Q. The recession is still hurting my clients. How do I help clients who want to do right by their horses, but say they can't afford my fees?
A. There are only three answers to this common dilemma if you want to keep these clients:
1. Offer creative payment options
When clients say they can’t afford your fees, they may really mean they can’t afford to pay them up front. Third-party payment options give clients the ability to spread payments over time (interest free, in some cases) while you get paid at the time of service.
Unfortunately, for many of the clients who have fallen victim to the economic downturn, being approved for additional credit is difficult. (Click here for a look at the pros and cons of different client payment methods.)
Depending on your comfort level with the client, you may consider accepting held (post-dated) checks or creating a schedule of predetermined credit card payments. Finally, consider designing a program that offers a year of wellness care at a slight discount paid in monthly installments. It’s a model commonly used with companion animals, and there’s no reason you can’t try it too.
2. Analyze your fees
We've all had to make tough decisions lately, and it may make sense to reconsider your fee schedule to make sure it still fits well with your philosophy. For practitioners who remain busy, or practitioners who can absorb an extended period of lagging revenue, sticking with fees (or even increases) regardless of their affordability makes sense. For others, if your fees result in your seeing only one or two clients per day, it may make sense to look for ways to compromise.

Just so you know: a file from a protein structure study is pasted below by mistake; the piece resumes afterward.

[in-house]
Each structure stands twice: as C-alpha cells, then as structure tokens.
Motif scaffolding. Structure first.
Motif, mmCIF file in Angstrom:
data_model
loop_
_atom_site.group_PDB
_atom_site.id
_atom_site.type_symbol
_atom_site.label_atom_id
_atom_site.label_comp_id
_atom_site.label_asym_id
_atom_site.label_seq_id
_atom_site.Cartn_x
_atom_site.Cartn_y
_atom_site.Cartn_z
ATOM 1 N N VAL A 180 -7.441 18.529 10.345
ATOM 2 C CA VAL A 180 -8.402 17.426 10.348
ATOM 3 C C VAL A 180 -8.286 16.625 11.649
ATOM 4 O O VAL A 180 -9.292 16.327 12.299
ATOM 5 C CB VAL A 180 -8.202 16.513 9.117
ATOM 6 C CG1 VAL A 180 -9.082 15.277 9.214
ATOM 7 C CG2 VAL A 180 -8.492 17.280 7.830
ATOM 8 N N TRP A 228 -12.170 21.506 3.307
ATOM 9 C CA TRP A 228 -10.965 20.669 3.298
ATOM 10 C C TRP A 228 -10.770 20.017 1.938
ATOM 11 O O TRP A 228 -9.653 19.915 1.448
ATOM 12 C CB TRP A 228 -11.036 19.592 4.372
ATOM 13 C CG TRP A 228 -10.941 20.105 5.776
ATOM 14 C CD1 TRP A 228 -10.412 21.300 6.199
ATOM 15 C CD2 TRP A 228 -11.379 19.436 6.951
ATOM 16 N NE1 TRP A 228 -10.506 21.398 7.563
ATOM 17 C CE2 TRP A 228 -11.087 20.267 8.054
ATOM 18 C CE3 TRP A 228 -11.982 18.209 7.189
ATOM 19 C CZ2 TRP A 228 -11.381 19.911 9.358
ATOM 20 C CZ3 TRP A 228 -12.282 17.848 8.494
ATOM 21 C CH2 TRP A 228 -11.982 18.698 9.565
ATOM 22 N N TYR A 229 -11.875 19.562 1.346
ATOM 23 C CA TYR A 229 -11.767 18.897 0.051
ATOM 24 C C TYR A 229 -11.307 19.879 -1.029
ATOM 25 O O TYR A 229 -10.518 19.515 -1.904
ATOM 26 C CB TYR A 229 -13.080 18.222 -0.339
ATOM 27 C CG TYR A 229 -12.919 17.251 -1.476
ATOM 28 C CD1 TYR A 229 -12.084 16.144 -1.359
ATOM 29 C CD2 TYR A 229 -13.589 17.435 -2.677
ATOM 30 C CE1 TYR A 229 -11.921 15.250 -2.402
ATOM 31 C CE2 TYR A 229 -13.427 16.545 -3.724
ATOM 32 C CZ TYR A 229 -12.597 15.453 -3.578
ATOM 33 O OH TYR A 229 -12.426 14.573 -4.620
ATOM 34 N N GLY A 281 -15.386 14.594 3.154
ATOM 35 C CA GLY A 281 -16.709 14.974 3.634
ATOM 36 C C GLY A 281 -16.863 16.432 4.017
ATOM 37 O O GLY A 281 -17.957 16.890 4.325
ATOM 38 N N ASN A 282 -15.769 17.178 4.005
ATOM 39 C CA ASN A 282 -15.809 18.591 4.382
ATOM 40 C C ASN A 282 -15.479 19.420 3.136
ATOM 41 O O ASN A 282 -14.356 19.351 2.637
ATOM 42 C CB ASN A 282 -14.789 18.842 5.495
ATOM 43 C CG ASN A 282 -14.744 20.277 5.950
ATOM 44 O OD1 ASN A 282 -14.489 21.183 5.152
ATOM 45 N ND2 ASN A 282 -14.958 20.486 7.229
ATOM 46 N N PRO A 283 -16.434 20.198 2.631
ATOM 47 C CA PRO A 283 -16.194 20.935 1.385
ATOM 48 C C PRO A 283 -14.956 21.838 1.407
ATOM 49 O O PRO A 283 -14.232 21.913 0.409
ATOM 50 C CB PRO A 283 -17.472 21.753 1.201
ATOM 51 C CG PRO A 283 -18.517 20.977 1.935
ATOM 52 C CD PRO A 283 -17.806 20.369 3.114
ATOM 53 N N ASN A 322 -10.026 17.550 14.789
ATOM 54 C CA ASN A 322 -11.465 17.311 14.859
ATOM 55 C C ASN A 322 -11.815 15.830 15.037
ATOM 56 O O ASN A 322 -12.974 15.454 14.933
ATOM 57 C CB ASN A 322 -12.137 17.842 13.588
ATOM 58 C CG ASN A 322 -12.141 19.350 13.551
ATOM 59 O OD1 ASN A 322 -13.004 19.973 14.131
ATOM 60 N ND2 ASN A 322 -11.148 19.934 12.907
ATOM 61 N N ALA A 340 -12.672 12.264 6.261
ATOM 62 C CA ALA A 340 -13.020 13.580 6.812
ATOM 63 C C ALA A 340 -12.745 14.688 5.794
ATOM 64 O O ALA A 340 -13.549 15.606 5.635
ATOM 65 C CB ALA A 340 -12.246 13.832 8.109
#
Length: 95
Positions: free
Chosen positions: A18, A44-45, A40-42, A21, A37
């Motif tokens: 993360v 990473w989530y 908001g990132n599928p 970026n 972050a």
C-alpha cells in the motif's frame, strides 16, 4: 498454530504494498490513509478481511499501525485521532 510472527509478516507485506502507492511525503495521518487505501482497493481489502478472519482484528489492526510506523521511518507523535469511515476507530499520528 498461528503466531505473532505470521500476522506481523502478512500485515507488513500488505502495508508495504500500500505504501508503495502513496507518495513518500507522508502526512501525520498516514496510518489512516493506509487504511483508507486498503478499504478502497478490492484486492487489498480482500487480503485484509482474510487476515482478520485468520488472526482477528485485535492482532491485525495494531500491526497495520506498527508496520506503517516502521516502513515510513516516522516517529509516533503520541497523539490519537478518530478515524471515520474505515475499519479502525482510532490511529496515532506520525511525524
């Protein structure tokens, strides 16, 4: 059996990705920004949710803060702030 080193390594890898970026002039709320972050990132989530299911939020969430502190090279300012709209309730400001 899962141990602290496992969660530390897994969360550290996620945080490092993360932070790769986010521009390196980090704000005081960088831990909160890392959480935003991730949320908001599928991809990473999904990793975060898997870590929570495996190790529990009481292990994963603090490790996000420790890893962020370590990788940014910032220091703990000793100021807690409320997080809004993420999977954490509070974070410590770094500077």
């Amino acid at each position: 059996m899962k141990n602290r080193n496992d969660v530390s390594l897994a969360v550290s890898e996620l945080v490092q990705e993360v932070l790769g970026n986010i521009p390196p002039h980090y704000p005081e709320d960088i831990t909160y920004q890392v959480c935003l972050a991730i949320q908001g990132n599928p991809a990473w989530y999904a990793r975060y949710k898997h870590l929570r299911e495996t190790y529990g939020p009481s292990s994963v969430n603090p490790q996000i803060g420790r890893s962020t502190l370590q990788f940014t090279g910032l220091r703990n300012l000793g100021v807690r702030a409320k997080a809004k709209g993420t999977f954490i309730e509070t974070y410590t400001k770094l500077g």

It’s a philosophical decision, but for some practitioners, continuing to reach the maximum number of clients (and patients) means that you have to figure out how to live with a little less, at least for a while.
3. Embrace the ways that clients can "help themselves"
You can start by making yourself available to dispense advice (in certain circumstances) over the phone in situations where, in the past, you may have pushed to see the horse for a physical examination.
For general wellness, be flexible and allow clients to purchase vaccine and dewormers to administer themselves. It may be revenue that you fear losing permanently, but in my opinion it’s better than losing an otherwise good client altogether. While most practice acts and general ethics prevent veterinarians from going too far without a physical exam, there are ways to help your clients weather the economic storm, and it’s an act that they’ll long remember.
None of us really know when, or if, the days of lucrative practice will return. In the meantime, there are simply many horses that will receive a minimum level of care if we are willing and able to be part of the solution.
Kyle Palmer, CVT, is practice manager at Silver Creek Animal Clinic in Silverton, Ore. Send questions and comments to email@example.com.